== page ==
No one who loves the saga of Beowulf is surprised as to how an area like Scandinavia; famous for its furniture, relaxed attitude towards adultery and, of course, jumpers; could have produced something as dark and brooding as The Girl With the Dragon Tattoo.
Monsters lurked in the dark 1200 years ago; and director David Fincher, in the Hollywood film version of the novel, shows they are still there in the half-light of a Swedish winter, as journalist Mikael Blomkvist sets out to find a killer of women.
There was a lot of grumbling about this remake, especially when the Swedish trilogy is so good, but by insisting on filming this in Sweden too, Fincher has delivered a movie absorbed in its surroundings. Behind the characters' icy good manners and minimalist décor, lurks unflinching and visceral violence.
Both Blomkvist and his sidekick, Lisbeth Salander, venture into the mere to find their monster -and all good crime fans will know it's inevitable someone will get trapped in his lair.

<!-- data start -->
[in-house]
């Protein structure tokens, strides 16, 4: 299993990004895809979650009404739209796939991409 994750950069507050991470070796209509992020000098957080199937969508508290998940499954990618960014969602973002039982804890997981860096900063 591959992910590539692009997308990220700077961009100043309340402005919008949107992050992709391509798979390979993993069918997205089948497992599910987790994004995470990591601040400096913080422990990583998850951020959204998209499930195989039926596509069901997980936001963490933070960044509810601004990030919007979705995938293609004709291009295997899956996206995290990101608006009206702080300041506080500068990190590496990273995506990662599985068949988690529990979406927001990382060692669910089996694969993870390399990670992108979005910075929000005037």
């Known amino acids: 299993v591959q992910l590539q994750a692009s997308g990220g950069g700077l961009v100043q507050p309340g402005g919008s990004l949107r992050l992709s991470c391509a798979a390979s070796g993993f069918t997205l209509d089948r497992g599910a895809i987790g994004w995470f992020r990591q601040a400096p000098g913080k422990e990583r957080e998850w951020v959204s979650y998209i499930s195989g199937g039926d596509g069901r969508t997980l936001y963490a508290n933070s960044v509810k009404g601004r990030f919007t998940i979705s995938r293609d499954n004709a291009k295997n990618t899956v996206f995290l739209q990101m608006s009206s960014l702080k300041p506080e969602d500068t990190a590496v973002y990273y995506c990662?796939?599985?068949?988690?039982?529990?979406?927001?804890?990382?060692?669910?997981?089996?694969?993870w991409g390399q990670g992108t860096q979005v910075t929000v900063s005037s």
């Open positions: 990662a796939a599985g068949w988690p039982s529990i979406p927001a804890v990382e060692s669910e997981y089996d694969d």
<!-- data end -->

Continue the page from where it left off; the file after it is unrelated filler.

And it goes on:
Once it's in your head that Blomkvist isn't Bond, Daniel Craig is a good fit. Bundled up in lambswool against the cold, he bleats helplessly against Salander's aggressive sexuality. Rooney Mara, who owns the part of Salander, brings vulnerability to what would otherwise be a Scandi Lady Gaga - a tiny frame swathed in leather, copping off with boys and girls on whim, telling everyone to like it or lump it - she was born this way, baby.
It shouldn't be a surprise that she is so tough. After all, didn't Beowulf kick the monster Grendel's butt, but come a serious cropper against his mother? As anyone who's read The Girl With A Dragon Tattoo will know, the most dangerous creature alive is a wounded woman wanting revenge.
I hope Lisbeth Salander remains an unique heroine in film. If Hollywood try and make more of her, they'll grow her hair, enlarge her breasts, and increase her secret desire to be saved - et voila you'll have Anne Hathaway in Catwoman.
This girl belongs in Scandinavia, and so does the trilogy. Scary stories were first told in the dark and the cold. Nameless horrors crouched beyond the light of the campfires, with only a bold hero (or heroine) to save them. Crime fiction started here.